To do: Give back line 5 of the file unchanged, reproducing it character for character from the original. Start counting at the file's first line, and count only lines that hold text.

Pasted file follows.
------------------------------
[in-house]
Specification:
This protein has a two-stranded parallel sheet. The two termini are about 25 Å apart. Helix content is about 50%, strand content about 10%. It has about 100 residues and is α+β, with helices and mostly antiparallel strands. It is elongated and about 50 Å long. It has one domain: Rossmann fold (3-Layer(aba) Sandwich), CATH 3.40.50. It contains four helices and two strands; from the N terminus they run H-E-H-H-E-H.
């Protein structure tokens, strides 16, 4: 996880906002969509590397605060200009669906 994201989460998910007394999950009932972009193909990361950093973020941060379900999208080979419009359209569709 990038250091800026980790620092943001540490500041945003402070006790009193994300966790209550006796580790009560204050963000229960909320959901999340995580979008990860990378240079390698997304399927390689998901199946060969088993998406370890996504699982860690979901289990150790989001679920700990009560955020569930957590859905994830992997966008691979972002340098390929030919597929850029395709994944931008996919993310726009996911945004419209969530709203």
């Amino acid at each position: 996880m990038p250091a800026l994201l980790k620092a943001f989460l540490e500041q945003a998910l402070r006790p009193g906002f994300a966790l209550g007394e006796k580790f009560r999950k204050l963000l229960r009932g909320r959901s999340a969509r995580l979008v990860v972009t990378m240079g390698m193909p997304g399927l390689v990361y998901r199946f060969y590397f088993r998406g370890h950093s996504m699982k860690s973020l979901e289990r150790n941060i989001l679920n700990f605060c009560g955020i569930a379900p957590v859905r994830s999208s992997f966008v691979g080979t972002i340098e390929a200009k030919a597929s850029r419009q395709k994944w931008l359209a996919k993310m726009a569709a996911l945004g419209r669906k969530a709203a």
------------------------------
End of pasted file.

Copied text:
């Amino acid at each position: 996880m990038p250091a800026l994201l980790k620092a943001f989460l540490e500041q945003a998910l402070r006790p009193g906002f994300a966790l209550g007394e006796k580790f009560r999950k204050l963000l229960r009932g909320r959901s999340a969509r995580l979008v990860v972009t990378m240079g390698m193909p997304g399927l390689v990361y998901r199946f060969y590397f088993r998406g370890h950093s996504m699982k860690s973020l979901e289990r150790n941060i989001l679920n700990f605060c009560g955020i569930a379900p957590v859905r994830s999208s992997f966008v691979g080979t972002i340098e390929a200009k030919a597929s850029r419009q395709k994944w931008l359209a996919k993310m726009a569709a996911l945004g419209r669906k969530a709203a």